A new study at the University of Minnesota has found that cardiovascular exercise in your twenties could give you better memory and thinking power decades later, even after adjusting for factors such as smoking, diabetes and high cholesterol.
Study participants, who were recruited in 1985, ran as long as they could on treadmills. The average maximum running time was 10 minutes.
Researchers recorded how long each person could maintain running at their top speed.
Over the next 25 years, there were seven more follow-up checks.
Reuters reports that in the last follow-up in 2010, researchers tested the participants' mental functioning with three tests of visual memory, reaction speed and the kind of mental control needed to answer a trick question, such as identifying the color of the word yellow written in green ink (correct answer: "green").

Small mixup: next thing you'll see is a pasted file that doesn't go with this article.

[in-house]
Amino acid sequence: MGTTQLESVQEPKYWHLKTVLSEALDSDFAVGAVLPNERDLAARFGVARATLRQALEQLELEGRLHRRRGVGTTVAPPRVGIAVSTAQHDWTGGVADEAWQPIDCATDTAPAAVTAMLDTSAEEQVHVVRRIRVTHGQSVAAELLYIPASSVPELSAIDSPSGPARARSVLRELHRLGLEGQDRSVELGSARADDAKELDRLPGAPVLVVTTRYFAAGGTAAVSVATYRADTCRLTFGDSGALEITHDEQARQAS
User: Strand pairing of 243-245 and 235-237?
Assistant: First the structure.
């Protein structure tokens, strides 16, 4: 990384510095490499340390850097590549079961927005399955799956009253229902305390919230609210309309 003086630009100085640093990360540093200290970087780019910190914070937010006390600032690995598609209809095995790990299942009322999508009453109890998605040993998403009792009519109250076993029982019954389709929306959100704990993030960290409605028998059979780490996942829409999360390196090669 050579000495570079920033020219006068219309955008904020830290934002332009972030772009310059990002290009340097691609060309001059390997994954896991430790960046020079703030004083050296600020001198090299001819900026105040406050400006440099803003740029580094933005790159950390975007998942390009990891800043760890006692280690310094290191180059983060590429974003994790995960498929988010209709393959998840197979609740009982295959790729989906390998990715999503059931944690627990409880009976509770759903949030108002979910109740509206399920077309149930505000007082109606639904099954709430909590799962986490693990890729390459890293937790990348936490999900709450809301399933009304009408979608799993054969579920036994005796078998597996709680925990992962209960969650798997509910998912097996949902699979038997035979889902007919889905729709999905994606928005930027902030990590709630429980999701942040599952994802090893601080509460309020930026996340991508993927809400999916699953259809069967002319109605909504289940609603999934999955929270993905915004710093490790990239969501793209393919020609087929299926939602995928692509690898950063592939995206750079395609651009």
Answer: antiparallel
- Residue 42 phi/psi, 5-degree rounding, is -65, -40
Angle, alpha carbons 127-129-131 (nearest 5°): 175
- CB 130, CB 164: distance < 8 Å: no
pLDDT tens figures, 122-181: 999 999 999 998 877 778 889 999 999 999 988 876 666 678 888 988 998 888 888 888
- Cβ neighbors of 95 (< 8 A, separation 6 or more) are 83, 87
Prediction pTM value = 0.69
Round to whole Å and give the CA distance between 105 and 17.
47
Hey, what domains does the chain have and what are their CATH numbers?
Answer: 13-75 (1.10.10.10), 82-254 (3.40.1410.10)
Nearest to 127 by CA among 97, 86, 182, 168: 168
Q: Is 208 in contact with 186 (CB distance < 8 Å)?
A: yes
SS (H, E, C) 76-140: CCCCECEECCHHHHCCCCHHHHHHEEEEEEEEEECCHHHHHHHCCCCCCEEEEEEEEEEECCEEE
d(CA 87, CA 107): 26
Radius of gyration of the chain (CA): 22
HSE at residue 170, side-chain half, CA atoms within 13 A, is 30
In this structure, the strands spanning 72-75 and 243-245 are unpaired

The study showed people who ran for longer on the treadmill performed better on the tests 25 years later.
And people who had smaller time differences in their treadmill test 20 years later were more likely to perform better on the executive function test than those who had bigger differences.
"Many studies show the benefits to the brain of good heart health," says study author Dr David Jacobs.
"This is one more important study that should remind young adults of the brain health benefits of cardio fitness activities such as running, swimming, biking or cardio fitness classes."
Dr Jacobs says a concept was emerging of total fitness, incorporating social, physical and mental aspects of health.